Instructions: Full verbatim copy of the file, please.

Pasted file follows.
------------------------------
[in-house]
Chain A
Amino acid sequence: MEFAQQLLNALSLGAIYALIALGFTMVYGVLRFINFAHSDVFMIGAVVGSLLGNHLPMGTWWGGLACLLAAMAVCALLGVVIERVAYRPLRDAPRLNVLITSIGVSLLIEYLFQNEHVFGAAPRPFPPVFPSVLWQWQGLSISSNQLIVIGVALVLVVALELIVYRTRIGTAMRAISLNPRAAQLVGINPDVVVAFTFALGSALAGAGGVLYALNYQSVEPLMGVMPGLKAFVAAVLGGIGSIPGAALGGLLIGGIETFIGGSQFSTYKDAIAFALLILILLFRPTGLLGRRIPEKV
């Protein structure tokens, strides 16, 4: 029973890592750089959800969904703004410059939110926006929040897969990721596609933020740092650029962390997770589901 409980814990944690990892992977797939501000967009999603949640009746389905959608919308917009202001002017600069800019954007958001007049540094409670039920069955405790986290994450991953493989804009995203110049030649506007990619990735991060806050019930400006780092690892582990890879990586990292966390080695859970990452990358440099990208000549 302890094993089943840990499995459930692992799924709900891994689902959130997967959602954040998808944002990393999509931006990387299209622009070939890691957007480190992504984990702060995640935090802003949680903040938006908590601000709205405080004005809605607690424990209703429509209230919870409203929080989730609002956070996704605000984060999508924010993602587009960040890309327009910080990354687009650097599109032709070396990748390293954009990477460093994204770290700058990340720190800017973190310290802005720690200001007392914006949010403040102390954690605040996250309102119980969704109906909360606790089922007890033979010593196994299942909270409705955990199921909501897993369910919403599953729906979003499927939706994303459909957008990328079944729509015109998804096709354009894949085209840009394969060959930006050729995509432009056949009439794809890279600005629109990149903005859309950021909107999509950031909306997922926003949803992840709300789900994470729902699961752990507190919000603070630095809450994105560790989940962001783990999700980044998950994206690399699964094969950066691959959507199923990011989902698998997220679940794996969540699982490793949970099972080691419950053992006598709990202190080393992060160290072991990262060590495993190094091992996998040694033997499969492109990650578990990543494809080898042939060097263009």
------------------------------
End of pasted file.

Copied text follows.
[in-house]
Chain A
Amino acid sequence: MEFAQQLLNALSLGAIYALIALGFTMVYGVLRFINFAHSDVFMIGAVVGSLLGNHLPMGTWWGGLACLLAAMAVCALLGVVIERVAYRPLRDAPRLNVLITSIGVSLLIEYLFQNEHVFGAAPRPFPPVFPSVLWQWQGLSISSNQLIVIGVALVLVVALELIVYRTRIGTAMRAISLNPRAAQLVGINPDVVVAFTFALGSALAGAGGVLYALNYQSVEPLMGVMPGLKAFVAAVLGGIGSIPGAALGGLLIGGIETFIGGSQFSTYKDAIAFALLILILLFRPTGLLGRRIPEKV
């Protein structure tokens, strides 16, 4: 029973890592750089959800969904703004410059939110926006929040897969990721596609933020740092650029962390997770589901 409980814990944690990892992977797939501000967009999603949640009746389905959608919308917009202001002017600069800019954007958001007049540094409670039920069955405790986290994450991953493989804009995203110049030649506007990619990735991060806050019930400006780092690892582990890879990586990292966390080695859970990452990358440099990208000549 302890094993089943840990499995459930692992799924709900891994689902959130997967959602954040998808944002990393999509931006990387299209622009070939890691957007480190992504984990702060995640935090802003949680903040938006908590601000709205405080004005809605607690424990209703429509209230919870409203929080989730609002956070996704605000984060999508924010993602587009960040890309327009910080990354687009650097599109032709070396990748390293954009990477460093994204770290700058990340720190800017973190310290802005720690200001007392914006949010403040102390954690605040996250309102119980969704109906909360606790089922007890033979010593196994299942909270409705955990199921909501897993369910919403599953729906979003499927939706994303459909957008990328079944729509015109998804096709354009894949085209840009394969060959930006050729995509432009056949009439794809890279600005629109990149903005859309950021909107999509950031909306997922926003949803992840709300789900994470729902699961752990507190919000603070630095809450994105560790989940962001783990999700980044998950994206690399699964094969950066691959959507199923990011989902698998997220679940794996969540699982490793949970099972080691419950053992006598709990202190080393992060160290072991990262060590495993190094091992996998040694033997499969492109990650578990990543494809080898042939060097263009």